It’s hard to be indifferent to a British Royal Wedding and now not only have we got Kate and William in April, but Zara Phillips, daughter of Princess Anne will be marrying her England International Rugby Footballer fiancé in July. The second is aiming to be a low-key affair without the pomp and ceremony of the first but it certainly won’t escape the media spotlight. I think I’m a royalist at heart. I may not agree with everything they stand for, or say and do but I’m looking forward to the big day. I know others aren’t so here are some pros and cons of the Royal Wedding.
Easily the best pro of the Royal Wedding of Prince William to Kate Middleton is that it’s going to be a national holiday. I remember on the day Charlie married Di, the country pretty much came to a standstill. I’m not sure that is going to happen this time. I think there will be a lot more shops and businesses that remain open. This day off also makes late April and early May a very lazy month. Easter is late this year so we get Good Friday 04/22 and Easter Bank holiday 04/25, the wedding day of 04/29 then May Day Bank Holiday 05/02.
The wedding is going to cost the country a pretty packet is one of the cons of the Royal Wedding. Anti monarchists, political commentators and grumpy people believe that at a time of unemployment, swathing cuts in public services, rising inflation etc a massive celebration is not the best use of the public purse. Dissenters to this point of view argue that the wedding will bring in a huge amount of overseas income which leads me to…
London is already a favourite tourist destination and experts believe that a huge pro of the Royal Wedding is a major boost that attracts even more visitors. Maybe the worldwide coverage will also put London on the radar of other potential visitors but if the tourist dollar does flow more readily as a result, it can offset some of those pounds spent on the event itself.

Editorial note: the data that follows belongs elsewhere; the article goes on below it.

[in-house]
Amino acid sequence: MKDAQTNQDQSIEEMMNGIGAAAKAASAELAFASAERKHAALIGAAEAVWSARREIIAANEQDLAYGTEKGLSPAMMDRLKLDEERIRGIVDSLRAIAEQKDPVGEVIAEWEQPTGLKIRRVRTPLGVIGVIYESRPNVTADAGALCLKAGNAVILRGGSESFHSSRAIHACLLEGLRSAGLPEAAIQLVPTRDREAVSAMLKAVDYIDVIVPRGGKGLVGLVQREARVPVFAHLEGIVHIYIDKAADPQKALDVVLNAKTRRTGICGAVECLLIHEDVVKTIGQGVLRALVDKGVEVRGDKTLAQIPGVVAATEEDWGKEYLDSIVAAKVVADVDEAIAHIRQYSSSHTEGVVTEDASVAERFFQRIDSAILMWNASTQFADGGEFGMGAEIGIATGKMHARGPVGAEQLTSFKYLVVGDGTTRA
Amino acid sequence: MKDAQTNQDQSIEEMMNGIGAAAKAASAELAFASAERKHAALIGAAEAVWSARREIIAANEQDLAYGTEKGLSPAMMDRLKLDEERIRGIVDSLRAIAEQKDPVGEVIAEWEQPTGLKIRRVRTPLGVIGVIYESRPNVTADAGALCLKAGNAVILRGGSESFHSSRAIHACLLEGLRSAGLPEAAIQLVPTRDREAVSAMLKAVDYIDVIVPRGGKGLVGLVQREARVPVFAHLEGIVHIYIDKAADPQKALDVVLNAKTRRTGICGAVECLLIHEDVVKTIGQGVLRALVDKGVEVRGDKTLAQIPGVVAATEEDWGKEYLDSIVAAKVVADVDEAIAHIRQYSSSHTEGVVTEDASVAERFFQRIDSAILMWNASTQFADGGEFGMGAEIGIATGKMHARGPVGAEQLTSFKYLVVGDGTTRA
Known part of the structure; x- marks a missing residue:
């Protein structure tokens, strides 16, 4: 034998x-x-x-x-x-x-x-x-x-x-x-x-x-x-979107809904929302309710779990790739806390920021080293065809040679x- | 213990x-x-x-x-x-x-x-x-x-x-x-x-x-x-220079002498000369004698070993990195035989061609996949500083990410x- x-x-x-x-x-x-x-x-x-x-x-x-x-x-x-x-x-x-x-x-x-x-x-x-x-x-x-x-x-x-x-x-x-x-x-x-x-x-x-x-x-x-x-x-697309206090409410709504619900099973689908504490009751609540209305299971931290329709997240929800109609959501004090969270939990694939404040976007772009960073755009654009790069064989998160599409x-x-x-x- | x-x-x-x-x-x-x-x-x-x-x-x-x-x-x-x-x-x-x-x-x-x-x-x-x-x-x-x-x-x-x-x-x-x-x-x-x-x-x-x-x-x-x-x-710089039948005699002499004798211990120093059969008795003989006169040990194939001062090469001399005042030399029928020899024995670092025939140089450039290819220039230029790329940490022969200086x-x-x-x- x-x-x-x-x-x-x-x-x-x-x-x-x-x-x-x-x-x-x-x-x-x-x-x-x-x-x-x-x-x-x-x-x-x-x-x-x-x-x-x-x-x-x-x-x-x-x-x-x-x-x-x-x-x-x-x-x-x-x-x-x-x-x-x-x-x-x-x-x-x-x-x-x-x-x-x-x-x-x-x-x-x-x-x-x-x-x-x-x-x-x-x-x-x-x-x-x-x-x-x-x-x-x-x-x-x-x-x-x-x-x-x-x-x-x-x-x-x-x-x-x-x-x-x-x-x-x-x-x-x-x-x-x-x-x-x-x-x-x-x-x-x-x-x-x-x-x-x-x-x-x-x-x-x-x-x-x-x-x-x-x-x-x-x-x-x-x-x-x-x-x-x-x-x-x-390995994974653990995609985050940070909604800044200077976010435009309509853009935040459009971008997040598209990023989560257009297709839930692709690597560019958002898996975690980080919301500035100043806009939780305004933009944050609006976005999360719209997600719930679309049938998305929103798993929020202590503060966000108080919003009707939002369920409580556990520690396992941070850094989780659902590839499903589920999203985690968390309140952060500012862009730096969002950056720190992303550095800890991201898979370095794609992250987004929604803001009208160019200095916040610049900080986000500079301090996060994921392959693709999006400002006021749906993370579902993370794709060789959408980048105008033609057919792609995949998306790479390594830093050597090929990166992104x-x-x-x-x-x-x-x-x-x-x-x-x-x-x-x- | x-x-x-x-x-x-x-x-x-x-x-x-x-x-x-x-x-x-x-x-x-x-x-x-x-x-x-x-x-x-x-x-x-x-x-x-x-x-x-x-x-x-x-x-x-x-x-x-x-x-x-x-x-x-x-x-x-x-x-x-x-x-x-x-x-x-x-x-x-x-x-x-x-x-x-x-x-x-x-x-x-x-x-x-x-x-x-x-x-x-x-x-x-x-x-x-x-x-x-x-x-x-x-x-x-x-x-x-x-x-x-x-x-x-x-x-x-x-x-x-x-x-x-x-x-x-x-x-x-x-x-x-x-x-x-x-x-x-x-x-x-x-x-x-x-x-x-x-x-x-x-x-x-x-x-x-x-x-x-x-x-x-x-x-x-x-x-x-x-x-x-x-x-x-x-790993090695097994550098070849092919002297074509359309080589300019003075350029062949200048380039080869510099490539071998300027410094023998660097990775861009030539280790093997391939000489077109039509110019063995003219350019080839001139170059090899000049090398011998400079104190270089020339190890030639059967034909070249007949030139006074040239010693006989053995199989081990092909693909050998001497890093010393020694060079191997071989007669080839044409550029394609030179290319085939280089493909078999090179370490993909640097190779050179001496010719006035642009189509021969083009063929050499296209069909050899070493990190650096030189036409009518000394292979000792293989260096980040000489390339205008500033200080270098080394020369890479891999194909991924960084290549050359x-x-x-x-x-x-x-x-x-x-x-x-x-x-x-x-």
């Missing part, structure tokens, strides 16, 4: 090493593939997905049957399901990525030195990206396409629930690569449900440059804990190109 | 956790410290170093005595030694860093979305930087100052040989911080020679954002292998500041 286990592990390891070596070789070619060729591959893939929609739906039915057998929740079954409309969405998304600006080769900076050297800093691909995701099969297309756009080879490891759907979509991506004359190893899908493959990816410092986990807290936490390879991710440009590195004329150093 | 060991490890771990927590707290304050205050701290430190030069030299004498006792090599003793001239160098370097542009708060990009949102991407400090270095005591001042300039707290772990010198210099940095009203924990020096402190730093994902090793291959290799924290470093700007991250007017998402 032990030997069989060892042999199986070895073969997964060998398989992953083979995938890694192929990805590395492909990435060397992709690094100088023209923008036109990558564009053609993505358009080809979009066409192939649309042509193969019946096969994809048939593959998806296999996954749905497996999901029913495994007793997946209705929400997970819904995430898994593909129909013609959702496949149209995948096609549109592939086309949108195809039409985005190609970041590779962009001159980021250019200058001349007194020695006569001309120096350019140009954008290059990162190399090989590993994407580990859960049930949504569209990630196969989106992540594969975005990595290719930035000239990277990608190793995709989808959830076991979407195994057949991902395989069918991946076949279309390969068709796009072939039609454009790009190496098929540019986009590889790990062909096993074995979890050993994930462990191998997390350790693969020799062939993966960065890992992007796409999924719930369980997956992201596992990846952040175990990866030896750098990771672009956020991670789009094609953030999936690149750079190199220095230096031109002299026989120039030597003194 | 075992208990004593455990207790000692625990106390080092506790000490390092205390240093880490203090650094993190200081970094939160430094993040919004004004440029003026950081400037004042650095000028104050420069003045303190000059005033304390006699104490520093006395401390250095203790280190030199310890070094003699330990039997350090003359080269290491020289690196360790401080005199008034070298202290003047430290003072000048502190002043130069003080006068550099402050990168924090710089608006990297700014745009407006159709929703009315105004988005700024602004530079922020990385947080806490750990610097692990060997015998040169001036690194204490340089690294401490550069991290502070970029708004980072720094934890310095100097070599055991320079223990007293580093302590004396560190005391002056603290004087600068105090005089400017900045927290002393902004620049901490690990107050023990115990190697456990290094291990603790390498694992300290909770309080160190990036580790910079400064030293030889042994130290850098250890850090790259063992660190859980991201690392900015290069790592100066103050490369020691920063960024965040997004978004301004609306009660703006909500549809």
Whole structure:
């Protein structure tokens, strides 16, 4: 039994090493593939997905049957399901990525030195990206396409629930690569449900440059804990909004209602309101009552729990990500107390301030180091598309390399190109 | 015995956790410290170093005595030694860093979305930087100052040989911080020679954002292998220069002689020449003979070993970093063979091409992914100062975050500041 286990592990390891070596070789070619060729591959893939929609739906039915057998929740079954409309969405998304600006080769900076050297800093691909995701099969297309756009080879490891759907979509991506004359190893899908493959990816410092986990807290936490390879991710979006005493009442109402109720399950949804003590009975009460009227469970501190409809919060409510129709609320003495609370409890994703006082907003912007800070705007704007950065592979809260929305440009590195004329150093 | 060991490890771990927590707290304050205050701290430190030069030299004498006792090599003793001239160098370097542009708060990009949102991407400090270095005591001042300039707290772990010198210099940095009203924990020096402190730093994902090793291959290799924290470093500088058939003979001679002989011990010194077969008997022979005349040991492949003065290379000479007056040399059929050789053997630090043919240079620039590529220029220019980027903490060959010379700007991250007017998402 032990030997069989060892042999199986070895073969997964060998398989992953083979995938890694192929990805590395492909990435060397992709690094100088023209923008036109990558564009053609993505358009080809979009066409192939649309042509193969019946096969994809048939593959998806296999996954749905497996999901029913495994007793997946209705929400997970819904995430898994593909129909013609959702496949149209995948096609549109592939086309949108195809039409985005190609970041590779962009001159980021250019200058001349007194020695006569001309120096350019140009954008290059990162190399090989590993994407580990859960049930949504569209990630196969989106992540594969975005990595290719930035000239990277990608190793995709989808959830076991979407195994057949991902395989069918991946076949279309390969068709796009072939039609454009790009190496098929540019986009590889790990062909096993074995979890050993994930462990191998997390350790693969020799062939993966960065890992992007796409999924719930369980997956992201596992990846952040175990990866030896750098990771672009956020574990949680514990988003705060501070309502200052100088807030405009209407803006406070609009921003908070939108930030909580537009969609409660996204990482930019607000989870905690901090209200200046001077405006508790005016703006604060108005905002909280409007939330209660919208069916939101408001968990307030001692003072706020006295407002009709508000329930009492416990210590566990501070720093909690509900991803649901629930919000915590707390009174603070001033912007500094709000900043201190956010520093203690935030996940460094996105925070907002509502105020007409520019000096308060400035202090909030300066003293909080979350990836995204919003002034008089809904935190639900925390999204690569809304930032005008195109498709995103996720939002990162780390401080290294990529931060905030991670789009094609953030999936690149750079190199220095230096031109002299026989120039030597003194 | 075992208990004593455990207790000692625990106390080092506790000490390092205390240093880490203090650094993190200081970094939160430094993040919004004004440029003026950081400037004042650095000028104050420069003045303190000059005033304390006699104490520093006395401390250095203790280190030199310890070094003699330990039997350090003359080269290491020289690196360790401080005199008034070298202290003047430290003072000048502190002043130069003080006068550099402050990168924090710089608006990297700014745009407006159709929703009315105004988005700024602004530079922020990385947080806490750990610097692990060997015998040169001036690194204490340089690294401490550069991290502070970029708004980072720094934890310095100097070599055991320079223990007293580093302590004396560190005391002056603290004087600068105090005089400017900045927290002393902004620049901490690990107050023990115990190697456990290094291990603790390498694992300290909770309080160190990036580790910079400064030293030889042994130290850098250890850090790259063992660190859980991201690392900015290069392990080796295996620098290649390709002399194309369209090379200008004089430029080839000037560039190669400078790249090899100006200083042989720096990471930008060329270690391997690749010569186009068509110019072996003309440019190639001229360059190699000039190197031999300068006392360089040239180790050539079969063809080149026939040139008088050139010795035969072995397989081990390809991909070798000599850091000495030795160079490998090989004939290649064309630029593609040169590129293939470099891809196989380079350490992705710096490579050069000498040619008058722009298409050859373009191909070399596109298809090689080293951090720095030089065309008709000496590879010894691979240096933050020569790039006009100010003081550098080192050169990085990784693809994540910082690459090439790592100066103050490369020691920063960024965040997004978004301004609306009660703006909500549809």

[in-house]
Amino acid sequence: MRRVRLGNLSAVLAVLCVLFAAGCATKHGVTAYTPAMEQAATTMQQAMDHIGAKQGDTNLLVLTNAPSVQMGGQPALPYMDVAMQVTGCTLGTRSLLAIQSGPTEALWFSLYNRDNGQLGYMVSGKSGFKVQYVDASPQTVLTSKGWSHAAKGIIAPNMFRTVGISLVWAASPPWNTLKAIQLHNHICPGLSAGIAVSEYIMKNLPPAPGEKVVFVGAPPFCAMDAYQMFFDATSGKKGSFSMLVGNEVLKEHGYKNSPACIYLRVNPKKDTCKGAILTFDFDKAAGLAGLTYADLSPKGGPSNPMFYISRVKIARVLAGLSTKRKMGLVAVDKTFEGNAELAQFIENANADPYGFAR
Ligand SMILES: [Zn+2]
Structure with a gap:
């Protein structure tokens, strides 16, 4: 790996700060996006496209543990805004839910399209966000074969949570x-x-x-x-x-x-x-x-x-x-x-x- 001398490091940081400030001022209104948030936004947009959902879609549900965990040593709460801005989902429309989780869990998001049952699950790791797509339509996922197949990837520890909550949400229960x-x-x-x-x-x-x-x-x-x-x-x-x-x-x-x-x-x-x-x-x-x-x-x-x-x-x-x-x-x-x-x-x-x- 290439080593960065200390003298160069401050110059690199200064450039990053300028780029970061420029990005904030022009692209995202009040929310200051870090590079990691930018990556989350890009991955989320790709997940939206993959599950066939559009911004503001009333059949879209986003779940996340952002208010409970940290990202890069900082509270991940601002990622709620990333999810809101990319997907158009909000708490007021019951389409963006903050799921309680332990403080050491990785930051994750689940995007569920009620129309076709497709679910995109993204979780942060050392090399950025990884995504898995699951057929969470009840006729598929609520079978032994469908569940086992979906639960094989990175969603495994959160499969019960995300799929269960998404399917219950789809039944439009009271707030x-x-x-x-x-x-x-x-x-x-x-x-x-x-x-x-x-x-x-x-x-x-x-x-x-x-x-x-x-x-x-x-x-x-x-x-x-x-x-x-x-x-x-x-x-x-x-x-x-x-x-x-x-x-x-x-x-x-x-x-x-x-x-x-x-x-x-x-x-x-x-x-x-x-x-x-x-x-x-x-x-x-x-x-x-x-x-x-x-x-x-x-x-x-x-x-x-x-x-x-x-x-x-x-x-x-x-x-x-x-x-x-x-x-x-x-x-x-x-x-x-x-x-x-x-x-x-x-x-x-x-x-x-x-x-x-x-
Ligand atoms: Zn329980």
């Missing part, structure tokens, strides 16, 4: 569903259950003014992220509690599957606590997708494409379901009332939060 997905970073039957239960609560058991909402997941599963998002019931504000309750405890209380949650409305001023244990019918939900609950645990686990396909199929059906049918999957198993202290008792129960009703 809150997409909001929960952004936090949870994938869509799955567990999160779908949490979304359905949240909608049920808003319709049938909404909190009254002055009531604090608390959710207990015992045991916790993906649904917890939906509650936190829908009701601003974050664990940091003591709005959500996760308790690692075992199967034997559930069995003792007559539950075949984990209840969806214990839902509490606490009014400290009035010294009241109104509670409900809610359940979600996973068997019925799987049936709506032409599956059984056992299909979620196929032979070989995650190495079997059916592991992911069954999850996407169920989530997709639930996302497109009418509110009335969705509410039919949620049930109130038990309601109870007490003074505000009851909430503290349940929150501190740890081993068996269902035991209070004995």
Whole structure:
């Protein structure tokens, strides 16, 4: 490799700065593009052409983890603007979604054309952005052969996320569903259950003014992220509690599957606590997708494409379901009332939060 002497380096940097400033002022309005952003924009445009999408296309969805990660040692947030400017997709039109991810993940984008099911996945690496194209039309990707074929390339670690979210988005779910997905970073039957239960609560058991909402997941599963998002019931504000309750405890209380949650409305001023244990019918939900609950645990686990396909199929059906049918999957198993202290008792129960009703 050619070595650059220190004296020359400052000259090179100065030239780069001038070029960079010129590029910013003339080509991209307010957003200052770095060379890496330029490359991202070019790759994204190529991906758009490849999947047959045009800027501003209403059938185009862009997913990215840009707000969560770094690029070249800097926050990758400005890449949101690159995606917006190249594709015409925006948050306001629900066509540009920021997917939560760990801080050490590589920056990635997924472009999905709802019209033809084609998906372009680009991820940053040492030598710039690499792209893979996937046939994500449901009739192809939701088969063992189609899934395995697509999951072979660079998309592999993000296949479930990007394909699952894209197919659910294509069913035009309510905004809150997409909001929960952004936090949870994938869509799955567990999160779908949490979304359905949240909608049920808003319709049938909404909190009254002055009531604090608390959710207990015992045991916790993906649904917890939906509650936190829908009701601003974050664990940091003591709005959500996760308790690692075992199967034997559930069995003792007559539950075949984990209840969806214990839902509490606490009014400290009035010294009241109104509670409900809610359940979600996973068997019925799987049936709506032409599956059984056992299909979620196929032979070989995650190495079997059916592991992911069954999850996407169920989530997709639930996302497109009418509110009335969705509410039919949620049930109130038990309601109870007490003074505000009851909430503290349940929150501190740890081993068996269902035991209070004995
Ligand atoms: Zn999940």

Back in 1981, Princess Diana spawned a whole slew of fashion trends including the pie frill collar (eww – I had 3 or 4 blouses with that style) and the hairstyle. Looking back I actually thinks this represents both a pro and con. Great if you love the styles and not so hot when you don’t.
I have to admit to sitting in front of the television for the whole coverage of the 1981 Royal Wedding. I’m not about this one. Television saturation is one of those aspects that I think is difficult to categorize as either a pro or con because there’s actually plenty of alternatives and you don’t have to watch if you don’t want to.
I hope I don’t upset the many lovers of royal memorabilia that I know are out there but to me one of the biggest cons of the Royal Wedding or indeed any royal celebration is the revolting range of commemorative ware that fills the shops. I just hope that nobody buys me a mug with William’s and Kate’s mugs on it.
We’ve got one of the most important websites in the UK, the BBC, counting down the days to the event, then this week the Trafalgar Square clock began counting down 500 days to the Olympics. Thank heavens that the BBC isn’t also counting the days to Zara’s do because it could all get really confusing. I think we’ve moved on from the days when the paparazzi hounded Diana to death (allegedly) but it doesn’t stop the weddings being the subject of every newspaper, every news programme and every magazine style television programme.
Whatever your thoughts on monarchy, I hope these pros and cons of the Royal Wedding have given you some food for thought. Will you be watching?
Top Photo Credit: doyoubleedlikeme
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